Histopathology of the mass showed markedly cellular circumscribed nodules in the diffuse neurofibromatous tumor tissue with expanded myxoneural profiles and spillage into adipose tissue and focally incorporating appendageal structures (Figure1).

Figure 3: Fascicular arrangement of tumor cells

Figure 1: Appendigeal structure incorporated in diffuse areas Cellular atypia in the form of nuclear enlargement and hyperchromasia with rare mitotic figures in the cellular areas with spindle tumor cells arranged in intersecting Page: 191

Figure 4: Myxoneural nodules of plexiform neurofibroma Patient was counseled and sent for postoperative radiotherapy and has been planned for regular follow- up.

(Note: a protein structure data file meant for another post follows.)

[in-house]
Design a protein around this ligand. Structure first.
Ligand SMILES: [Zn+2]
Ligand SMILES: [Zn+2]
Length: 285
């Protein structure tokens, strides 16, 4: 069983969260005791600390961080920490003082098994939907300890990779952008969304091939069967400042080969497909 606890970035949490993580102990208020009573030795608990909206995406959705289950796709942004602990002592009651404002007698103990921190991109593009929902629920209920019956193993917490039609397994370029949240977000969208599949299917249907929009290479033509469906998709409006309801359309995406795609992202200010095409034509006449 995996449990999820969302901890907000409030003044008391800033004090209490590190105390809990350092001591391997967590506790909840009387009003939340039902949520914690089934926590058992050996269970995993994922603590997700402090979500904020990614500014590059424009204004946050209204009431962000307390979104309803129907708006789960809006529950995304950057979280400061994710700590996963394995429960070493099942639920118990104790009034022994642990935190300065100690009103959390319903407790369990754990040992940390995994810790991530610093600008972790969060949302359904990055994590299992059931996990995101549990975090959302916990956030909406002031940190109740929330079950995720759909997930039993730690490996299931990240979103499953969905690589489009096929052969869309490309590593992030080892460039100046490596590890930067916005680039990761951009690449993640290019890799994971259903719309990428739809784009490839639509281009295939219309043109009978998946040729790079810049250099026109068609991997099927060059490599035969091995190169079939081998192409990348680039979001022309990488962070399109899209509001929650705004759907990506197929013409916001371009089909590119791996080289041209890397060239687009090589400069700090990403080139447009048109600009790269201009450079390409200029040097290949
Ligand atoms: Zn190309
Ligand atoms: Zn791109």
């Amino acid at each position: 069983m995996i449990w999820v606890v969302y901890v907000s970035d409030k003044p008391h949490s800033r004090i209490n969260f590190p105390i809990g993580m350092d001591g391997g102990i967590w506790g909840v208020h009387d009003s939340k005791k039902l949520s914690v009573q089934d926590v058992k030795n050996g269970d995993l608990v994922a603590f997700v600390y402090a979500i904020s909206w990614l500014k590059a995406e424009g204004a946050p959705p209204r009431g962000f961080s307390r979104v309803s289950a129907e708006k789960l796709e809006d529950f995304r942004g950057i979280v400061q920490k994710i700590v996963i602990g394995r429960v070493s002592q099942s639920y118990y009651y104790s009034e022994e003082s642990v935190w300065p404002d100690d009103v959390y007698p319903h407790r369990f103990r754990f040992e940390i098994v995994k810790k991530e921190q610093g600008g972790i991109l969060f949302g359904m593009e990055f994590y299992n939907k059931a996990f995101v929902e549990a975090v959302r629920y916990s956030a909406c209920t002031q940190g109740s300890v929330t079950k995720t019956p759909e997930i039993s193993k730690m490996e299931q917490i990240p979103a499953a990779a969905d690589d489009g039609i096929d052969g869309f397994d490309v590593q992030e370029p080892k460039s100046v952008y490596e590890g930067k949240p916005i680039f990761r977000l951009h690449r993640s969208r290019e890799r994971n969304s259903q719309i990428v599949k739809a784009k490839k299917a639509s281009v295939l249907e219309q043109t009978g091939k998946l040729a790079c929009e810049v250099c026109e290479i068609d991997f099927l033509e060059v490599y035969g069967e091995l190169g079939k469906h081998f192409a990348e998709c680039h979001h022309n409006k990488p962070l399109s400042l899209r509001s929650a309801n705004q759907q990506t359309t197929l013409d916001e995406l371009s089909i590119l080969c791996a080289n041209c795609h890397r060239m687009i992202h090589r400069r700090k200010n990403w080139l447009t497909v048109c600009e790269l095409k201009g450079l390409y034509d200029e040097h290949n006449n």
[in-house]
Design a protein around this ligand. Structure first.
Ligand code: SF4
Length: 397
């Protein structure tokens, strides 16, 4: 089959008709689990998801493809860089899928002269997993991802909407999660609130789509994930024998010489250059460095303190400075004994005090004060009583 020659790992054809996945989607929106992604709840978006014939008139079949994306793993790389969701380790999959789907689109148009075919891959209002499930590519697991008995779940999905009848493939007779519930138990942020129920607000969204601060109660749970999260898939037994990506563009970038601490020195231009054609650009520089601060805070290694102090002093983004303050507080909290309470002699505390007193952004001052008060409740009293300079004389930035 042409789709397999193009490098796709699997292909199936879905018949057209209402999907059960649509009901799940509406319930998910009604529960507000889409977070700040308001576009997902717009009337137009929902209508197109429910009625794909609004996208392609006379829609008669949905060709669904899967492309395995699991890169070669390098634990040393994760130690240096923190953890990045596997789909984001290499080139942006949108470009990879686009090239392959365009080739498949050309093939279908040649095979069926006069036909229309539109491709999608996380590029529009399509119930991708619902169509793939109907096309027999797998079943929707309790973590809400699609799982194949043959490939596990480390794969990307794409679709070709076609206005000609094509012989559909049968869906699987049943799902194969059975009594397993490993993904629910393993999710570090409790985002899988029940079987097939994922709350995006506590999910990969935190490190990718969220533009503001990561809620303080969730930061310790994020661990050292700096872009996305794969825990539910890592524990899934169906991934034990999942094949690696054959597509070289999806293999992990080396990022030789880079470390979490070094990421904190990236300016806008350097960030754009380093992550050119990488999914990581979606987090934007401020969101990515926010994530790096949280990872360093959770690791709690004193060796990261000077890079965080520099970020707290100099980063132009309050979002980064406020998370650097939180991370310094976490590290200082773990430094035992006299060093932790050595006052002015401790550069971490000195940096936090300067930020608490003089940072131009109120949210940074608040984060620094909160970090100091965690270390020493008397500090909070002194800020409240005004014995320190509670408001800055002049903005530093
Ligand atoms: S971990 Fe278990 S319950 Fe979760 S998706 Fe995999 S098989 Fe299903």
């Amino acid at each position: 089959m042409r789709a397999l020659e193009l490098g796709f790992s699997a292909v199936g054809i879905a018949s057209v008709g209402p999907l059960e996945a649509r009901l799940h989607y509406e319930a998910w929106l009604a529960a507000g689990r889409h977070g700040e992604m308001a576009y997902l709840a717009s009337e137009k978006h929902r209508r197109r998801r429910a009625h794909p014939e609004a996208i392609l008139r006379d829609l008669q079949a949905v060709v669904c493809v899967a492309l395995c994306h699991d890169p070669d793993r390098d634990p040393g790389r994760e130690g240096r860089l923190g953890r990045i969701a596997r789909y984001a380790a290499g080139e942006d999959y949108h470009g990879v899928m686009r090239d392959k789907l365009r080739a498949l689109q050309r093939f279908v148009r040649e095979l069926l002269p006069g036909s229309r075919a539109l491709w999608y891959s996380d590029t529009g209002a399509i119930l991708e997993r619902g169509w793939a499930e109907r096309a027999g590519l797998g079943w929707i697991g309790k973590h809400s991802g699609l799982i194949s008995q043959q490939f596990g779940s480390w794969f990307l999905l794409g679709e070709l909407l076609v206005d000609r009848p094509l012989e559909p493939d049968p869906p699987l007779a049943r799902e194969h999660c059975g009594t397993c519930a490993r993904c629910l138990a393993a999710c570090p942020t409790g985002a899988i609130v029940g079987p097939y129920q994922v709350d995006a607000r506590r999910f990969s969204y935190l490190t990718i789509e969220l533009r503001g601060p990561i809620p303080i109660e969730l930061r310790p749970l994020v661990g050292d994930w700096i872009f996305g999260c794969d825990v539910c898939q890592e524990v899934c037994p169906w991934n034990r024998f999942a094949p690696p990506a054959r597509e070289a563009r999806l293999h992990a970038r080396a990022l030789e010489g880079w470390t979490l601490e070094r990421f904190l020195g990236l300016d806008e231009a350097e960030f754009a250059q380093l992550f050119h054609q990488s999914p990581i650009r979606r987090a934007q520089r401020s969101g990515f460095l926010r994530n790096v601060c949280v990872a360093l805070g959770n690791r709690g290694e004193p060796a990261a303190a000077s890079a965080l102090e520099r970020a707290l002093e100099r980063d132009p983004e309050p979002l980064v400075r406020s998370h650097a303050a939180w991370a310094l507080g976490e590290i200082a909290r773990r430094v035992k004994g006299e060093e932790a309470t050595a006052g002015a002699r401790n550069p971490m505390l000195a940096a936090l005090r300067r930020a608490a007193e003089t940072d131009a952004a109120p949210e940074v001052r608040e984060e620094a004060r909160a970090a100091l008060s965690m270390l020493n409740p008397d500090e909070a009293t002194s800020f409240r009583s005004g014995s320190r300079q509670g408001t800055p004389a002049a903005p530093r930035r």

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Nepal Journal of Medical Sciences | Case Report Discussion: Malignant Peripheral Nerve Sheath Tumors of the lumbar spine are very rare tumors that may arise in a sporadic form or from a pre-existing neurofibroma associated with NF1.5 The most common sites are sciatic nerve, brachial plexus and sacral plexus. The diagnosis of these tumors remains problematic as it is based primarily on clinical suspicion. The majority of MPNST are composed of spindled cells arranged in a fascicular growth pattern similar to a fibrosarcoma, but fewer than 5% of MPNSTs are either partially or purely epithelioid. At the low end of the grading spectrum (WHO grade II), MPNSTs merge with cellular neurofibromas, from which they are distinguished on the basis of increased cellularity, nuclear size (>3 X that of neurofibroma cells) and hyperchromasia. Also, epithelioid MPNST characterizes by increased cellularity, abundant cytoplasm and prominent nucleoli. The MPNSTs of NF1 are usually high grade or intermediate tumors.6- 8 In our case, it was a low grade MPNST. The following criteria are used for the histological diagnosis of MPNST – a) gross fusiform tumors in relation to nerves, b) microscopic features of spindle cell with fascicular pattern and varying degrees of mitosis, necrosis and tumor calcification, c) presence of associated benign neurofibroma or schwannanian cells, and d) positive immunohistochemical staining for S-100 protein, neuron specific enolase (NSE) and others like actin, cytokeratin (CK), smooth muscle actins (SMA), desmin, and vimentin to differentiate from other spindle cell sarcomas.9 A tumor may be termed MPNST if it has diffuse nuclear atypia and cellularity as in our case, it has diffuse nuclear atypia and extreme cellularity with backto-back cells or fascicles.10 Immunohistochemical staining was however, not done in our case. The 5-year survival rates in large series have been reported to range from 16 to 52%. The reported 5- year survival rate for patients with MPNSTs without NF1 is as high as 50% and drops to as low as 10% in patients with MPNSTs and NF1.11 The treatment of MPNSTs represents a challenge. Surgical resection is the first line of therapy. The goal of operation is complete removal of the tumor with histologically clear margins of resection. This resection often requires en-bloc resection of major nerves and acceptance of potentially significant functional loss. Resectability rates are related to tumor location and range from 20% (paraspinal) to 95% (extremity).12 MPNSTs have been demonstrated to have a higher local recurrence rate compared to other soft tissue